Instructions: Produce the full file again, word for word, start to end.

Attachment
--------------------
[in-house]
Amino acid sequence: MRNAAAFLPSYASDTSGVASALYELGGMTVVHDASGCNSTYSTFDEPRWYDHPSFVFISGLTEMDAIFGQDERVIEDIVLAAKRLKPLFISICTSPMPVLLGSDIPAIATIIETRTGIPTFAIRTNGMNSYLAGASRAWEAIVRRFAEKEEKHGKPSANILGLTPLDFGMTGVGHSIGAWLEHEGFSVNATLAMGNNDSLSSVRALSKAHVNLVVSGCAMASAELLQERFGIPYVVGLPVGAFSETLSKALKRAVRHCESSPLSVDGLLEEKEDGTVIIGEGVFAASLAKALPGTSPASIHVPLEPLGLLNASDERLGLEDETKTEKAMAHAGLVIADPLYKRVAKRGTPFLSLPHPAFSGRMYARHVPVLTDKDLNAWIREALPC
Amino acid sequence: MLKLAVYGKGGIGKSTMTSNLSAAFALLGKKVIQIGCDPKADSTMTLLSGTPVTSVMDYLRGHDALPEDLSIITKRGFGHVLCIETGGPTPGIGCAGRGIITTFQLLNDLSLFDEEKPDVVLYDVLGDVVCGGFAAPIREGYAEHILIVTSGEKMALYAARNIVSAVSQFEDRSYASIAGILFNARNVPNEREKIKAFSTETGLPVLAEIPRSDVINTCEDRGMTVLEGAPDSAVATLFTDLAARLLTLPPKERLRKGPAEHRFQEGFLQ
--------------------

[in-house]
Amino acid sequence: MRNAAAFLPSYASDTSGVASALYELGGMTVVHDASGCNSTYSTFDEPRWYDHPSFVFISGLTEMDAIFGQDERVIEDIVLAAKRLKPLFISICTSPMPVLLGSDIPAIATIIETRTGIPTFAIRTNGMNSYLAGASRAWEAIVRRFAEKEEKHGKPSANILGLTPLDFGMTGVGHSIGAWLEHEGFSVNATLAMGNNDSLSSVRALSKAHVNLVVSGCAMASAELLQERFGIPYVVGLPVGAFSETLSKALKRAVRHCESSPLSVDGLLEEKEDGTVIIGEGVFAASLAKALPGTSPASIHVPLEPLGLLNASDERLGLEDETKTEKAMAHAGLVIADPLYKRVAKRGTPFLSLPHPAFSGRMYARHVPVLTDKDLNAWIREALPC
Amino acid sequence: MLKLAVYGKGGIGKSTMTSNLSAAFALLGKKVIQIGCDPKADSTMTLLSGTPVTSVMDYLRGHDALPEDLSIITKRGFGHVLCIETGGPTPGIGCAGRGIITTFQLLNDLSLFDEEKPDVVLYDVLGDVVCGGFAAPIREGYAEHILIVTSGEKMALYAARNIVSAVSQFEDRSYASIAGILFNARNVPNEREKIKAFSTETGLPVLAEIPRSDVINTCEDRGMTVLEGAPDSAVATLFTDLAARLLTLPPKERLRKGPAEHRFQEGFLQ